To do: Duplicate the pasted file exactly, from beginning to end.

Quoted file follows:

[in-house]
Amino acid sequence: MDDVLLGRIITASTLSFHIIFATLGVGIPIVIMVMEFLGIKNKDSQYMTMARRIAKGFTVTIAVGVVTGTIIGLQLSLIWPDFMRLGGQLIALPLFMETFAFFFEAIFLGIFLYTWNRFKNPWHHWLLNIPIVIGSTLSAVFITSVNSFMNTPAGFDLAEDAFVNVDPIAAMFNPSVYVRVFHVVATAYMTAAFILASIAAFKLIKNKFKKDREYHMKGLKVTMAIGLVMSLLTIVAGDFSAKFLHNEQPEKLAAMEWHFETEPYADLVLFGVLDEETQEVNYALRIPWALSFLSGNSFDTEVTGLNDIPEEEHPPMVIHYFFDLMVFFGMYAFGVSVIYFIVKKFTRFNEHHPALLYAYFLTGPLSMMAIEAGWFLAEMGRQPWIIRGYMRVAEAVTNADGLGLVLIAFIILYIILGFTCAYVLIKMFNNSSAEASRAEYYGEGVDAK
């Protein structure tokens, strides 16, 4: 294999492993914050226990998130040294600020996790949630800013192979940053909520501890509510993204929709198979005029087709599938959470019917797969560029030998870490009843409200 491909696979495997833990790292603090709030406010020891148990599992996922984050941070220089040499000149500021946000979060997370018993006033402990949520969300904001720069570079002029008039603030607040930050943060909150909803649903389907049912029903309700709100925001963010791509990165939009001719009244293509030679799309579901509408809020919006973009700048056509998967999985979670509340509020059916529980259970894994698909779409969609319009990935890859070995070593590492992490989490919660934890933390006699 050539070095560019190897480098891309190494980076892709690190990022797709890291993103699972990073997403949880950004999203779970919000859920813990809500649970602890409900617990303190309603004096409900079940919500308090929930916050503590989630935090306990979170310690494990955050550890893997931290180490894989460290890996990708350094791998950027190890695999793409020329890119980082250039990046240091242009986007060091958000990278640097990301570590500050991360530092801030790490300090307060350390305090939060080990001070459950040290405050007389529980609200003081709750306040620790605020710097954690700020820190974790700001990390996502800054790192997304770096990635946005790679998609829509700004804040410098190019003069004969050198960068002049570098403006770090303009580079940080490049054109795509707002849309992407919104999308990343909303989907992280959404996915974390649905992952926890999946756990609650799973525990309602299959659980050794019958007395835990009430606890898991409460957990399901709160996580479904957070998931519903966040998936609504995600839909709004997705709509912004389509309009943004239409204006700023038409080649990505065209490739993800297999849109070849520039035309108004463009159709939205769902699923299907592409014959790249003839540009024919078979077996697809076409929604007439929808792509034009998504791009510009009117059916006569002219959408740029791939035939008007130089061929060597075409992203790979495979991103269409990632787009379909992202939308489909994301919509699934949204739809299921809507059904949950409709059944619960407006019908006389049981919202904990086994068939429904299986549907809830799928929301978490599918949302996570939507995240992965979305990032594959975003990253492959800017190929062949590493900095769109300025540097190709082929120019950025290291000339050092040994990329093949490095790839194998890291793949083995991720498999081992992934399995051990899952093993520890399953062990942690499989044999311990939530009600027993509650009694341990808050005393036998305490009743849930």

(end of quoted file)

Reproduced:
[in-house]
Amino acid sequence: MDDVLLGRIITASTLSFHIIFATLGVGIPIVIMVMEFLGIKNKDSQYMTMARRIAKGFTVTIAVGVVTGTIIGLQLSLIWPDFMRLGGQLIALPLFMETFAFFFEAIFLGIFLYTWNRFKNPWHHWLLNIPIVIGSTLSAVFITSVNSFMNTPAGFDLAEDAFVNVDPIAAMFNPSVYVRVFHVVATAYMTAAFILASIAAFKLIKNKFKKDREYHMKGLKVTMAIGLVMSLLTIVAGDFSAKFLHNEQPEKLAAMEWHFETEPYADLVLFGVLDEETQEVNYALRIPWALSFLSGNSFDTEVTGLNDIPEEEHPPMVIHYFFDLMVFFGMYAFGVSVIYFIVKKFTRFNEHHPALLYAYFLTGPLSMMAIEAGWFLAEMGRQPWIIRGYMRVAEAVTNADGLGLVLIAFIILYIILGFTCAYVLIKMFNNSSAEASRAEYYGEGVDAK
């Protein structure tokens, strides 16, 4: 294999492993914050226990998130040294600020996790949630800013192979940053909520501890509510993204929709198979005029087709599938959470019917797969560029030998870490009843409200 491909696979495997833990790292603090709030406010020891148990599992996922984050941070220089040499000149500021946000979060997370018993006033402990949520969300904001720069570079002029008039603030607040930050943060909150909803649903389907049912029903309700709100925001963010791509990165939009001719009244293509030679799309579901509408809020919006973009700048056509998967999985979670509340509020059916529980259970894994698909779409969609319009990935890859070995070593590492992490989490919660934890933390006699 050539070095560019190897480098891309190494980076892709690190990022797709890291993103699972990073997403949880950004999203779970919000859920813990809500649970602890409900617990303190309603004096409900079940919500308090929930916050503590989630935090306990979170310690494990955050550890893997931290180490894989460290890996990708350094791998950027190890695999793409020329890119980082250039990046240091242009986007060091958000990278640097990301570590500050991360530092801030790490300090307060350390305090939060080990001070459950040290405050007389529980609200003081709750306040620790605020710097954690700020820190974790700001990390996502800054790192997304770096990635946005790679998609829509700004804040410098190019003069004969050198960068002049570098403006770090303009580079940080490049054109795509707002849309992407919104999308990343909303989907992280959404996915974390649905992952926890999946756990609650799973525990309602299959659980050794019958007395835990009430606890898991409460957990399901709160996580479904957070998931519903966040998936609504995600839909709004997705709509912004389509309009943004239409204006700023038409080649990505065209490739993800297999849109070849520039035309108004463009159709939205769902699923299907592409014959790249003839540009024919078979077996697809076409929604007439929808792509034009998504791009510009009117059916006569002219959408740029791939035939008007130089061929060597075409992203790979495979991103269409990632787009379909992202939308489909994301919509699934949204739809299921809507059904949950409709059944619960407006019908006389049981919202904990086994068939429904299986549907809830799928929301978490599918949302996570939507995240992965979305990032594959975003990253492959800017190929062949590493900095769109300025540097190709082929120019950025290291000339050092040994990329093949490095790839194998890291793949083995991720498999081992992934399995051990899952093993520890399953062990942690499989044999311990939530009600027993509650009694341990808050005393036998305490009743849930």